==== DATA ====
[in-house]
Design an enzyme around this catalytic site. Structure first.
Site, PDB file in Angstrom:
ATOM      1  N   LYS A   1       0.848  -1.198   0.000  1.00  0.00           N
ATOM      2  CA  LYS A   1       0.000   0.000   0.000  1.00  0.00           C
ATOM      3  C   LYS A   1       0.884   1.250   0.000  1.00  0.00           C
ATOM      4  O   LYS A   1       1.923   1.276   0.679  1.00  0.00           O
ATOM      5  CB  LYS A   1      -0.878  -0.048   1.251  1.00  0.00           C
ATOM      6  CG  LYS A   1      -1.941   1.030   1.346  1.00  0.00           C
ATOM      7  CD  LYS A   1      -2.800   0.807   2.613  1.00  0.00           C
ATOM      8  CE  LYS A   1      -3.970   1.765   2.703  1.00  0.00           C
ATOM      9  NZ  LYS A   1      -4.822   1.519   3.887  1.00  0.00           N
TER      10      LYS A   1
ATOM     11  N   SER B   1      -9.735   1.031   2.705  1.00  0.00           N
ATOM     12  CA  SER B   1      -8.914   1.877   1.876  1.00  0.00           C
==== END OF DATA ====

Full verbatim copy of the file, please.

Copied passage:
[in-house]
Design an enzyme around this catalytic site. Structure first.
Site, PDB file in Angstrom:
ATOM      1  N   LYS A   1       0.848  -1.198   0.000  1.00  0.00           N
ATOM      2  CA  LYS A   1       0.000   0.000   0.000  1.00  0.00           C
ATOM      3  C   LYS A   1       0.884   1.250   0.000  1.00  0.00           C
ATOM      4  O   LYS A   1       1.923   1.276   0.679  1.00  0.00           O
ATOM      5  CB  LYS A   1      -0.878  -0.048   1.251  1.00  0.00           C
ATOM      6  CG  LYS A   1      -1.941   1.030   1.346  1.00  0.00           C
ATOM      7  CD  LYS A   1      -2.800   0.807   2.613  1.00  0.00           C
ATOM      8  CE  LYS A   1      -3.970   1.765   2.703  1.00  0.00           C
ATOM      9  NZ  LYS A   1      -4.822   1.519   3.887  1.00  0.00           N
TER      10      LYS A   1
ATOM     11  N   SER B   1      -9.735   1.031   2.705  1.00  0.00           N
ATOM     12  CA  SER B   1      -8.914   1.877   1.876  1.00  0.00           C